Charles Todd: The Cliff’s Edge

It’s been several installments of Charles Todd’s Bess Crawford series since Britain has been at war. Bess herself has been kept busy, often far from home, but The Cliff’s Edge brings her all the way back, finding her restless and unsure of what she will do next. She’s left with only the decision of what color she will pick for new curtains when a letter arrives in the mail, asking for her help. Her cousin Melinda begs for Bess to go oversee the surgery of one of her longtime friends, Lady Beatrice. Hesitant at first, Bess realizes she doesn’t have much else to do, and agrees to go. But what started as a simple overnight watch for a routine surgery quickly gets much more complicated.

Bess isn’t in Lady Beatrice’s stately home for more than a day when another message arrives – this time a cryptic telegram. Gordon Neville, Beatrice’s godson, has been hurt. That’s just about all the message reveals. As Beatrice can’t travel yet, she sends Lillian and Bess along ahead of her to assess Gordon’s condition. Though his health is dire, the real reason for the telegram was that Gordon’s old friend died in the accident that interested him – and the Neville family wants Lady Beatrice’s help with the legal matters more than anything else.

Now isolated with a potential murderer far from home, Bess must discover if the accident was more than it appears. When another body is found, and someone else gets hurt, it becomes clear that there is, and Bess doesn’t quite know who, or what, to believe happened out on that cliff’s edge. While all this is going on, Bess is also dealing with personal strife – she’s had a falling out with longtime friend Simon (An Irish Hostage, 2021). Though he never appears on the page in this particular book, he is heavy on her mind throughout, and she isn’t sure the rift between them can be mended at all.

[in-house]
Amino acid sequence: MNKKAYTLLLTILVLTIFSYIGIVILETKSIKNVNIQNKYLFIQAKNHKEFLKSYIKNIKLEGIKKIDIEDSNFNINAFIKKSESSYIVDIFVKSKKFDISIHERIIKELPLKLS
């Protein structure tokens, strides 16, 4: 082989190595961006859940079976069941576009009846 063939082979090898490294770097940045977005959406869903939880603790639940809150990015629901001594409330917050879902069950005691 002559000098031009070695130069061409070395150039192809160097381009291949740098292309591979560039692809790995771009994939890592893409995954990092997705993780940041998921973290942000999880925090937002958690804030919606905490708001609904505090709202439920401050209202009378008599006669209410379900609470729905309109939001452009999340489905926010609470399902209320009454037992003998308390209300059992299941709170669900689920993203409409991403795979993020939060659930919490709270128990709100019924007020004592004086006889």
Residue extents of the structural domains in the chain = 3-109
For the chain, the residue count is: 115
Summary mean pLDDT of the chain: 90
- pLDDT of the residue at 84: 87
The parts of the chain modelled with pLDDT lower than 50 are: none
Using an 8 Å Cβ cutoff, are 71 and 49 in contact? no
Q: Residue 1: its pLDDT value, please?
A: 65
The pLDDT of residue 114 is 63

As someone who had never picked up a Charles Todd book before, this was perhaps not the best place to start. Though the story was well told – a slow burn leading up to an unexpected conclusion – there were many references I simply didn’t get. Bess mentioned names of characters who I had not met, and sometimes did not fully describe. Her wonderings about Simon often proved confusing, as I did not know who he was. While I enjoyed the mystery and Todd’s masterful prose, I did not get as much out of this as a long time fan would.

Long time fans, however, are sure to eat this up from start to finish. Much is revealed about long running characters in the story, and it neatly becomes part of the plot. Cousin Melinda, it seems, had just as much of an ulterior motive as everyone else in the story. Definitely pick this up if you are a fan of Bess Crawford already, but start at the beginning (A Duty to the Dead) if you haven’t tried one yet. It will be well worth the journey. — Margaret Agnew


Margaret Agnew is the Director of the Cahokia Public Library in Cahokia, Illinois.  A graduate of Ripon College and Indiana University, she has been a mystery fan and an avid reader from an early age.  She was also a reviewer for Mystery Scene Magazine.